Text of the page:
The Influence Of Nature In Mary Shelley's Frankenstein

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Numerous research has concluded that several emotional bonds exist between humanity and nature that can impact everything from attitude to anxiety. Novels of the romanticism period, a significant literary era that encompassed most European works written in the early 1800’s, are most known for describing the impacts that nature has on people and implying that unexpected consequences can arise out of this relationship; Mary Shelley’s Frankenstein is a prime example of such a novel. The prime conflict of this 1818 science-fiction story occurs between the titular character, Victor Frankenstein, and a monster he creates through his own scientific innovations. Because of Victor’s abandonment of the monster, it becomes intent on destroying the scientist’s…show more content…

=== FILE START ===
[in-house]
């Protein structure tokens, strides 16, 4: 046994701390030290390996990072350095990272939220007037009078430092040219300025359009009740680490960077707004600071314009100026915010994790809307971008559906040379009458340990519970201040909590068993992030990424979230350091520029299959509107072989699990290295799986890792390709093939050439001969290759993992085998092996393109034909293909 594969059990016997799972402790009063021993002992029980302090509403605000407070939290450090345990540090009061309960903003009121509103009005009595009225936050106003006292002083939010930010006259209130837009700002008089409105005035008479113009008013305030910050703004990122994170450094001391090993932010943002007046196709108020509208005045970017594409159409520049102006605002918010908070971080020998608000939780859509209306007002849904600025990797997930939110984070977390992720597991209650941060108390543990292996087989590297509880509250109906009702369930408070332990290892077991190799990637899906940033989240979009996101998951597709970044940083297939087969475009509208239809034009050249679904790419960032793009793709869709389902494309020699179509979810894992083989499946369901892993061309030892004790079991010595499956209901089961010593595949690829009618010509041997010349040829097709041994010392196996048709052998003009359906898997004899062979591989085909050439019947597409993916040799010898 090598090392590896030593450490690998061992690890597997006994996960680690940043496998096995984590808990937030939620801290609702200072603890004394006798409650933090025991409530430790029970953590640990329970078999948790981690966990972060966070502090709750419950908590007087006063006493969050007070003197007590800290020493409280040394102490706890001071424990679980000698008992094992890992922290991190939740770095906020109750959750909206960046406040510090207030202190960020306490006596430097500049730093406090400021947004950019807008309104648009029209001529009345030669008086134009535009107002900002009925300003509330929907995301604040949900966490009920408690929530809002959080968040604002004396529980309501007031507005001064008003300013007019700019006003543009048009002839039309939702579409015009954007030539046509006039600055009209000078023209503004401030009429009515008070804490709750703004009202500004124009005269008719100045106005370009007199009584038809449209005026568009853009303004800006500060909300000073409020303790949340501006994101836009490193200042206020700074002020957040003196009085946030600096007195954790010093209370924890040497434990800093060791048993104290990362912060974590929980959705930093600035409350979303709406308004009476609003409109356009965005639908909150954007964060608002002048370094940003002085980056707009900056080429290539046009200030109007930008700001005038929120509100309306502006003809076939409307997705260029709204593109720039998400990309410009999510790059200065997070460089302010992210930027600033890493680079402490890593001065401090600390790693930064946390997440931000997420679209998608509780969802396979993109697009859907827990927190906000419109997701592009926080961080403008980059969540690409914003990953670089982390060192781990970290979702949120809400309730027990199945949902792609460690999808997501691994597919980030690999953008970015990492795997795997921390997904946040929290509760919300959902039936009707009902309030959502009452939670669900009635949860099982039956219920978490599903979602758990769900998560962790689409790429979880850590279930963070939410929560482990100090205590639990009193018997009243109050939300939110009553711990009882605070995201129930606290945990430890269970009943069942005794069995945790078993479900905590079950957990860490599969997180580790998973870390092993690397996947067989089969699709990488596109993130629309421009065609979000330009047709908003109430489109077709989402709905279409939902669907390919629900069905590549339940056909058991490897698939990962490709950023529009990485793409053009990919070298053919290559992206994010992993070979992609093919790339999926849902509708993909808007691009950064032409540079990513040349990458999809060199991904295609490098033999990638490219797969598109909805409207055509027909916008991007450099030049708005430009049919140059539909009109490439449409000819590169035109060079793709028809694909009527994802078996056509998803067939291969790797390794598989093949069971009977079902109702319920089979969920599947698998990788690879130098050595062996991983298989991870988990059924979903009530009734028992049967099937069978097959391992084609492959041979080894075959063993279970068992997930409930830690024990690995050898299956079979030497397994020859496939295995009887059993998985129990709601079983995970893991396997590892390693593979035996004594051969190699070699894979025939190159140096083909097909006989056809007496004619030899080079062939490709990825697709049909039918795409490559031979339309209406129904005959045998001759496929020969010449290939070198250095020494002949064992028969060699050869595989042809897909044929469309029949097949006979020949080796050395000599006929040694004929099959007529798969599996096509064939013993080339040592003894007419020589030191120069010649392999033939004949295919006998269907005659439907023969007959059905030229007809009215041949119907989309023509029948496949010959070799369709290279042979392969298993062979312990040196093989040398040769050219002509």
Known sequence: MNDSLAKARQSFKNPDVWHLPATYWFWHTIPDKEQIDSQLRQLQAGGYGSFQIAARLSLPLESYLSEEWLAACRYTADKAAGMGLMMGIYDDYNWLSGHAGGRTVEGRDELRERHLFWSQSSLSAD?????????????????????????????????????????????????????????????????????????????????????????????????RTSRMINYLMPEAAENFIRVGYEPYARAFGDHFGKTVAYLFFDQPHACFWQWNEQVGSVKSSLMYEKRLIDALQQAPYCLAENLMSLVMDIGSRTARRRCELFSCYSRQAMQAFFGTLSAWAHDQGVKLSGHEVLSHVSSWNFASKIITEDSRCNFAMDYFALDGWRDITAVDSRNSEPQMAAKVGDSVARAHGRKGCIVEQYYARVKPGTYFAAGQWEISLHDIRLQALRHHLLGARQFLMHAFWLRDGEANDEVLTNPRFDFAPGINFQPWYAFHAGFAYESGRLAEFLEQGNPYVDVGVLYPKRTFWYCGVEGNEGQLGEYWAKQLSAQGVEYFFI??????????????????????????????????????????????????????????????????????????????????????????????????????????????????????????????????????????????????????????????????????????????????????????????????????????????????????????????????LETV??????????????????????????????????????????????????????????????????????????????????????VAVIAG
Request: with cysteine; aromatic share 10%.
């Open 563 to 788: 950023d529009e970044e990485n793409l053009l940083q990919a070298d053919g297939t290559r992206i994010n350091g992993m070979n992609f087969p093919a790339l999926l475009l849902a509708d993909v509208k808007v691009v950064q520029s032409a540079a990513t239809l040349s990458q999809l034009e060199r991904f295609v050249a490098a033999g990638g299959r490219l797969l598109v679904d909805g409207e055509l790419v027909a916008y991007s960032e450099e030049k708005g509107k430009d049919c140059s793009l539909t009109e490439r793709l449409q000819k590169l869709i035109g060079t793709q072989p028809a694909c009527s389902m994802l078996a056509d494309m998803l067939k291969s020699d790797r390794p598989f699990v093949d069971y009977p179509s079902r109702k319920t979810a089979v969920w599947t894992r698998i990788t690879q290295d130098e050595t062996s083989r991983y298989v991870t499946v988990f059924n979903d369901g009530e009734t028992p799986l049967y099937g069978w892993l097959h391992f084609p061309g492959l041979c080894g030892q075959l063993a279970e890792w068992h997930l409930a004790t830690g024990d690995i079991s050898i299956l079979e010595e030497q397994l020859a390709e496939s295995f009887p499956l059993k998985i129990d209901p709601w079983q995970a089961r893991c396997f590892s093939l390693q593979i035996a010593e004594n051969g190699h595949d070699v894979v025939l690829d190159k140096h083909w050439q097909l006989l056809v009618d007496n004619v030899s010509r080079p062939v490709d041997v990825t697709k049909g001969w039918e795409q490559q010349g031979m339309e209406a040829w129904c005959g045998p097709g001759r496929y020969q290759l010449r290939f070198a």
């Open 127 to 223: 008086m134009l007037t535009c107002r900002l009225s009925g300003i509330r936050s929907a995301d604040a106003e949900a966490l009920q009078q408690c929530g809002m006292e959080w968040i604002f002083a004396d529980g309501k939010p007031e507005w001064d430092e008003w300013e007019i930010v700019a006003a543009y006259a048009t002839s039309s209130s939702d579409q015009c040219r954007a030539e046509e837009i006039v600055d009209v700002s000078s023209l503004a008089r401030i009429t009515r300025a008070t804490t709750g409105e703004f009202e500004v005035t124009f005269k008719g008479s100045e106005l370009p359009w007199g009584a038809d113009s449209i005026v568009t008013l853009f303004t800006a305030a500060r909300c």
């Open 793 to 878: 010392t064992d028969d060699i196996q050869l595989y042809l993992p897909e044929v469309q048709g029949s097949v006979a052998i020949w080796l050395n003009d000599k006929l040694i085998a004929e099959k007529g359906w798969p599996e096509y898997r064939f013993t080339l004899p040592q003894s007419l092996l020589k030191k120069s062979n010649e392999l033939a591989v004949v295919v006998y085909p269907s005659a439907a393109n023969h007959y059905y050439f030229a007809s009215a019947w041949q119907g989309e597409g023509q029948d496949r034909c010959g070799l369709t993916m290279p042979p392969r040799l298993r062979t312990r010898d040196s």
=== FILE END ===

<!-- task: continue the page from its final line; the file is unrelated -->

The scientist struggles constantly with sickness throughout the narrative and, while not specifically emphasized, he retreats into nature frequently after regaining consciousness to increase his mental and physical recovery. Textual evidence of nature’s effect on Victor includes when he states, “I remember...it was a divine spring, and the season contributed greatly to my convalescence. I also felt sentiments of joy and affection revive in my bosom; my gloom disappeared, and in a short time I became as cheerful as before I was attacked by the fatal passion” (Shelley 51). Victor acknowledges how the spring season, which includes the regrowth and renewal of the natural world, greatly increases his overall health to where he feels comparable to his self before he created the monster. Some may argue that the inclusion of the seasons into Frankenstein only serves to contrast with the unnatural acts that Victor commits and has no relation to his psychological state as the thesis indicates. However, the novel specifically addresses that the protagonist interprets nature as a sentient, maternal-like entity when he comments that “I pursued nature to her hiding places” as he works to create the monster and, in doing so, acknowledges the relationship he has with the natural world (Shelley 38). Thus, the rebirth of nature in the spring season allows Victor to better recover from his mental and physical
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